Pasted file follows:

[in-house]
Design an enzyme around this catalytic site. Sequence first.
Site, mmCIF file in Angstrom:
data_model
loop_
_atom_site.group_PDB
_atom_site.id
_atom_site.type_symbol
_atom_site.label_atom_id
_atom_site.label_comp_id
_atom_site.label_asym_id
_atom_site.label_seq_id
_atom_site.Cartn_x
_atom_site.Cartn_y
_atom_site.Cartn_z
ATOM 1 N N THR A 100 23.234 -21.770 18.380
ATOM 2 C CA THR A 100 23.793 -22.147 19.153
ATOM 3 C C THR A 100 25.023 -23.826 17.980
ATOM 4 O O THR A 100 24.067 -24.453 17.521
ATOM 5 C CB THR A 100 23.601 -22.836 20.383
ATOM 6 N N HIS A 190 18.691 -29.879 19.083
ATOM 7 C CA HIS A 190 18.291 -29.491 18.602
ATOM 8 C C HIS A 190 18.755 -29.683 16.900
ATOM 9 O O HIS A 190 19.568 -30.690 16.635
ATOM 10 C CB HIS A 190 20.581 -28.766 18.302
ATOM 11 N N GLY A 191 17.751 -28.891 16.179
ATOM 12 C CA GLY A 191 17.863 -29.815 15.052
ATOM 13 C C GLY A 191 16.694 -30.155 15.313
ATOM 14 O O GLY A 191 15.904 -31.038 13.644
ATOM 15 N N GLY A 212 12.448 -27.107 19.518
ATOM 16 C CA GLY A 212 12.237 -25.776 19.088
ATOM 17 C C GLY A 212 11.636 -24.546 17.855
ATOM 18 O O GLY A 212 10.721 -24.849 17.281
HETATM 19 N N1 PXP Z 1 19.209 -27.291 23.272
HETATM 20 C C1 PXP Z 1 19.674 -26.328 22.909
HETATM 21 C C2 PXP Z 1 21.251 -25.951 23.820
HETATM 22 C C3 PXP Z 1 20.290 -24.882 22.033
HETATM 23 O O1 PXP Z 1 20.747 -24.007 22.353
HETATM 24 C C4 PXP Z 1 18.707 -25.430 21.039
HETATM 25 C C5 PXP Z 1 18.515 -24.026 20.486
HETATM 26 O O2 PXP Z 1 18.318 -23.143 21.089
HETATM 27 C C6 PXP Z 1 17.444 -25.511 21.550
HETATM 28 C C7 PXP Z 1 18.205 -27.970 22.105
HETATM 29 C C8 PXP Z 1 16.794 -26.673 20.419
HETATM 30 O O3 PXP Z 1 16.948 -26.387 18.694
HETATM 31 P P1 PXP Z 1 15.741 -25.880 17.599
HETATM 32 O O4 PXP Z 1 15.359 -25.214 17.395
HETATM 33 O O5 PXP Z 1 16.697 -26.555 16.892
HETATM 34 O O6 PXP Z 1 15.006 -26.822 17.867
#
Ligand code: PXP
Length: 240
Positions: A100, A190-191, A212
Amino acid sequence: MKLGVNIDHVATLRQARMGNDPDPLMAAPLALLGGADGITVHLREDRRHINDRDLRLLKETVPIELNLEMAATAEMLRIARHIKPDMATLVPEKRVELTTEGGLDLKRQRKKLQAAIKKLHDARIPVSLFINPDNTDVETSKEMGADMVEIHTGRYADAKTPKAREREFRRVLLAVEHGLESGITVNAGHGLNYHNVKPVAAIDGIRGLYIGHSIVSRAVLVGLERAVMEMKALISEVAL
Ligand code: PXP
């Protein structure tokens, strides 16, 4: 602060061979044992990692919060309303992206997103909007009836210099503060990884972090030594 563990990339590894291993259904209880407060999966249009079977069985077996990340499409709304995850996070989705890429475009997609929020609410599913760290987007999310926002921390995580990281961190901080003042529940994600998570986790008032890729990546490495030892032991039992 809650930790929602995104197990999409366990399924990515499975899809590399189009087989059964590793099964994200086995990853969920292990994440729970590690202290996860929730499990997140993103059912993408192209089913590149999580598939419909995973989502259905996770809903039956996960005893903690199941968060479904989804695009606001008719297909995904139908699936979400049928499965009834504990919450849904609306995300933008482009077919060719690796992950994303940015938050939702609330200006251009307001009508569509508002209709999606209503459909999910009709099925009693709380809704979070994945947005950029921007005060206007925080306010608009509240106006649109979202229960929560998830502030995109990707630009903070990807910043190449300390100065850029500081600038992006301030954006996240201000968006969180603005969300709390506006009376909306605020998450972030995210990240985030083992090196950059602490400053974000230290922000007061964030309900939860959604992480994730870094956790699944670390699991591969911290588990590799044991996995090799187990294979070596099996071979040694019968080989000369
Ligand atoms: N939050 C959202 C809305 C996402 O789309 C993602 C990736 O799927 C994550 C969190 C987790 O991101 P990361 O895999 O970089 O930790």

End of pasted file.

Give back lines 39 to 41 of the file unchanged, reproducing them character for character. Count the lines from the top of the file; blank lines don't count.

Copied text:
HETATM 24 C C4 PXP Z 1 18.707 -25.430 21.039
HETATM 25 C C5 PXP Z 1 18.515 -24.026 20.486
HETATM 26 O O2 PXP Z 1 18.318 -23.143 21.089